||Star Spangled Comics
In retrospect, Star Spangled Comics has not enjoyed
the respect the title deserves considering its status
as a long-running successful Golden Age anthology.
In one respect Star Spangled – for some reason
National Comics did not hyphenate the title –was
the company's last link to the Golden Age. By the
time the last issue, #130 (July 1952) appeared, the
other Golden Age titles left at DC were destined
to survive all the way into the Bronze Age and in some
Star Spangled, though, was converted into one of
DC's first three war titles. By the 1960s, during the
of comic fandom, the original run of Star Spangled
had been largely forgotten, even though it was one
of DC's fabulous "Big Eight" monthly anthology titles.
Star Spangled was the seventh anthology to arrive on the Golden Age scene, with #1 (Oct. 1941) soon followed by the eighth, Sensation #1 (Jan. 1942). Star Spangled outlasted all but Action, Adventure and Detective.
If you want the best examples of Star Spangled, you should best ignore the first six issues and start with #7 (April 1942) – a genuine collectible with debuts of Simon & Kirby's dynamic Newsboy Legion/Guardian series along with Robotman and T.N.T. with Dan, the Dyna-Mite. Only two super heroes appeared in the first six issues – Star
Spangled Kid (with Stripesy) and Tarantula, but you
also get those worthy fellows in #7-19.
Legion and their partner the Guardian, who beat S&K's Boy Commandos to the newsstands by two months with Detective #64 (June 1942), were pure Golden Age fun at its dynamic best, courtesy of the frenetic approach to storytelling of the inimitable S&K.
The covers were all great examples of Golden Age storytelling.
Every Golden Age collector should try to get at least
a couple of issues of Star Spangled #7-19, but they
won't come cheap. Issue #7, valued at $637 in "good" in the Overstreet Price Guide,
may be out of reach of many collectors and the others
all run in the $125-250 range, even in "good."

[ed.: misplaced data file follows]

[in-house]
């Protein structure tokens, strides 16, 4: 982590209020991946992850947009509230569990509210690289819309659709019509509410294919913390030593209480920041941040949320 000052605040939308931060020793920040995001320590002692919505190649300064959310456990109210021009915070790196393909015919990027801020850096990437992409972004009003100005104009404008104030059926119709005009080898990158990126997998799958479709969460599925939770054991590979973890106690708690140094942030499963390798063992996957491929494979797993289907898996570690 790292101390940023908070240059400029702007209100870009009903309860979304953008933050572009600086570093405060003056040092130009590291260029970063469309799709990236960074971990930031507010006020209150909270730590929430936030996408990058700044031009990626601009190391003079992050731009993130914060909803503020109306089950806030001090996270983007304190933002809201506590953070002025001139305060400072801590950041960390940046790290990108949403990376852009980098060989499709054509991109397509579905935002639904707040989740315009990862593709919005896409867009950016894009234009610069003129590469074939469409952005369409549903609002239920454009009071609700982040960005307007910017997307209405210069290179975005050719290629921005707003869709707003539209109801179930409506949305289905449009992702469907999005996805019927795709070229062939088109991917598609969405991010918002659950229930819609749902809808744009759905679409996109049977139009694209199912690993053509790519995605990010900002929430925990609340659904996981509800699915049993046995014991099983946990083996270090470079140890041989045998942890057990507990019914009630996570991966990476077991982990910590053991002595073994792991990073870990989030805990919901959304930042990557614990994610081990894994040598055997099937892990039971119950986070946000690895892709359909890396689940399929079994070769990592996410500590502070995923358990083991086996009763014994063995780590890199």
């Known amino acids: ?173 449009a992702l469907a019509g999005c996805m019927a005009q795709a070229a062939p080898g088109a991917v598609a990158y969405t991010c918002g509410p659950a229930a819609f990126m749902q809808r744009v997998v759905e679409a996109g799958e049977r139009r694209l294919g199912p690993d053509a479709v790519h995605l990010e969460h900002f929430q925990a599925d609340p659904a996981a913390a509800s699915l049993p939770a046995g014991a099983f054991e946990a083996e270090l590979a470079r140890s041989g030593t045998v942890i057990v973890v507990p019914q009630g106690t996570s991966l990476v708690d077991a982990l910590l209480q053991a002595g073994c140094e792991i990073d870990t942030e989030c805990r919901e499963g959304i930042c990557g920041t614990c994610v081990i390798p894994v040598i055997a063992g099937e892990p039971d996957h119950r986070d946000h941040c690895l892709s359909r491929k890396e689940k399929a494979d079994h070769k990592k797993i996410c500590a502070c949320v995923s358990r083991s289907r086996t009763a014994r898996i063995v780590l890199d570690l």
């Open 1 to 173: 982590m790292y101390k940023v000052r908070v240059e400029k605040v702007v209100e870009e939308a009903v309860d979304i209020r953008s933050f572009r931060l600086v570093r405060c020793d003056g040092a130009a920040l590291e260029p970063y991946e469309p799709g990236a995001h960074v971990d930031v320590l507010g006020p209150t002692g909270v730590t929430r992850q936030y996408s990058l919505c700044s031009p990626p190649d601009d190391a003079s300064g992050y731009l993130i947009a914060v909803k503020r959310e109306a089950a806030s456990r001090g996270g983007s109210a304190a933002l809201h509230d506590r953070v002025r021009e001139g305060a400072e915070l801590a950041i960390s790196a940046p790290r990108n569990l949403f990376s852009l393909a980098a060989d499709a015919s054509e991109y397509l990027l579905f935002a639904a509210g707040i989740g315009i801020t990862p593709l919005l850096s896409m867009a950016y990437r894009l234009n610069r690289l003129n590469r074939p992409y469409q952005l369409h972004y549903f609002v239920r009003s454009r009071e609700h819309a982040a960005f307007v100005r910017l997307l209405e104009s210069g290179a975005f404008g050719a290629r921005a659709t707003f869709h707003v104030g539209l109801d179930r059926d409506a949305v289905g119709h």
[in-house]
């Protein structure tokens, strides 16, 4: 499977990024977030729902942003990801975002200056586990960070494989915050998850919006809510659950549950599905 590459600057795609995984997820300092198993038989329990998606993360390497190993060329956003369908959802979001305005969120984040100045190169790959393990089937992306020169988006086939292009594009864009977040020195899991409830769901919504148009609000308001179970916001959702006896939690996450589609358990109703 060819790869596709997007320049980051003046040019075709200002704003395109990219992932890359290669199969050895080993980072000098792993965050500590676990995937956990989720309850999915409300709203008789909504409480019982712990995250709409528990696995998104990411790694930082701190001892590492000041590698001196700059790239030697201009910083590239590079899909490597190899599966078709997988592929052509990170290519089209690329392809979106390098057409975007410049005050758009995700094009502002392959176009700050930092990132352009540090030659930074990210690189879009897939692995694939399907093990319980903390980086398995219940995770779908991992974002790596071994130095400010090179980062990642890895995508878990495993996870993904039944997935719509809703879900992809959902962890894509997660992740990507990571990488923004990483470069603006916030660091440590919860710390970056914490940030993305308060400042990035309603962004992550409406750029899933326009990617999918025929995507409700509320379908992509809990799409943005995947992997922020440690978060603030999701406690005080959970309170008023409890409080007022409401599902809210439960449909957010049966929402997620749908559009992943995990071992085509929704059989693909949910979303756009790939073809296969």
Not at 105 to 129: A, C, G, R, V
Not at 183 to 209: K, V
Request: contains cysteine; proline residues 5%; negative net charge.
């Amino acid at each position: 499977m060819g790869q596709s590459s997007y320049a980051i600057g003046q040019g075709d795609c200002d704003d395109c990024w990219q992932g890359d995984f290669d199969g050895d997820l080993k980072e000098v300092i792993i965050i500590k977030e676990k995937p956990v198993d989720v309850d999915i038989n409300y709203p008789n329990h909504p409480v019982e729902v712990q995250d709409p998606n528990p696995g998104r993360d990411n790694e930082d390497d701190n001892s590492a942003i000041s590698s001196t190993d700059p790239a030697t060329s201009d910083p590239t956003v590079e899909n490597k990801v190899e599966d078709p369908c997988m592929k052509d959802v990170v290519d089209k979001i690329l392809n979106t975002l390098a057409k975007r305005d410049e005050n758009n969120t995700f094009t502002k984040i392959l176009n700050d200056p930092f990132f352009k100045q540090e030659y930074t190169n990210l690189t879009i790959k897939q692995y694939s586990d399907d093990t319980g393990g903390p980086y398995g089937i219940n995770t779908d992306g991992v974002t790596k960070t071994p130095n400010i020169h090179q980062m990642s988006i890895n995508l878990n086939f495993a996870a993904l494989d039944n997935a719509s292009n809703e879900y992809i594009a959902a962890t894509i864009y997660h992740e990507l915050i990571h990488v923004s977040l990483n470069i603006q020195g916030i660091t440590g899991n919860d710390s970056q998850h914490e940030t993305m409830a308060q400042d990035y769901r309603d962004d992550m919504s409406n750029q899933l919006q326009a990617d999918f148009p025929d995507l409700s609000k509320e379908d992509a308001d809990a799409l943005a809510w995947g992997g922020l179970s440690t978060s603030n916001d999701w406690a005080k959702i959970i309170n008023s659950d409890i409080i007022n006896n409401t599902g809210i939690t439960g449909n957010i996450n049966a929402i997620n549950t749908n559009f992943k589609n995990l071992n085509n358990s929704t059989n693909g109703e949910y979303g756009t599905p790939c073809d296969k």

Tarantula, an intriguing backup strip, bowed out in
#19 (April 1943) as one of the first DC heroes to vanish.
T.N.T. and Dan followed into the comic book
in #23 (Aug. 1943). By then, though, there was a more interesting character
to follow – Liberty Belle, the All-American Girl, who made her debut in #20 (May 1943).
Liberty Belle appeared only in Star Spangled during
the Golden Age, but she had a respectable run for a
patriotic backup costumed hero – 49 consecutive
stories. She last appeared in #68 (May 1947), to be
replaced in #69 by Tomahawk. Liberty Belle was that
rare backup feature treated with total respect –she
appeared in 10-page stories except for a few 9-pagers.
Ideally, to balance out your Star Spangled collection,
you need a couple of issues with Liberty Belle.
Robin, the Boy Wonder, began appearing solo in
Star Spangled #65 (Feb. 1947), replacing the
Newsboy Legion, who never achieved the overall
the Boy Commandos. Batman made several cameo appearances with his young
partner and also appeared in standard Batman/Robin
action in #88-94 stories that
could just as easily have appeared in Detective. For some reason, those
of Star Spangled can be tough to find, along with other issues numbered
in the #80-87 range.
Robotman bowed out of Star Spangled in #82 (July
1948), switching to Detective to make room for Captain
Compass, one of DC's least memorable anthology
characters unless you love sea stories.
Stripesy, one of the worst of DC's Golden Age characters,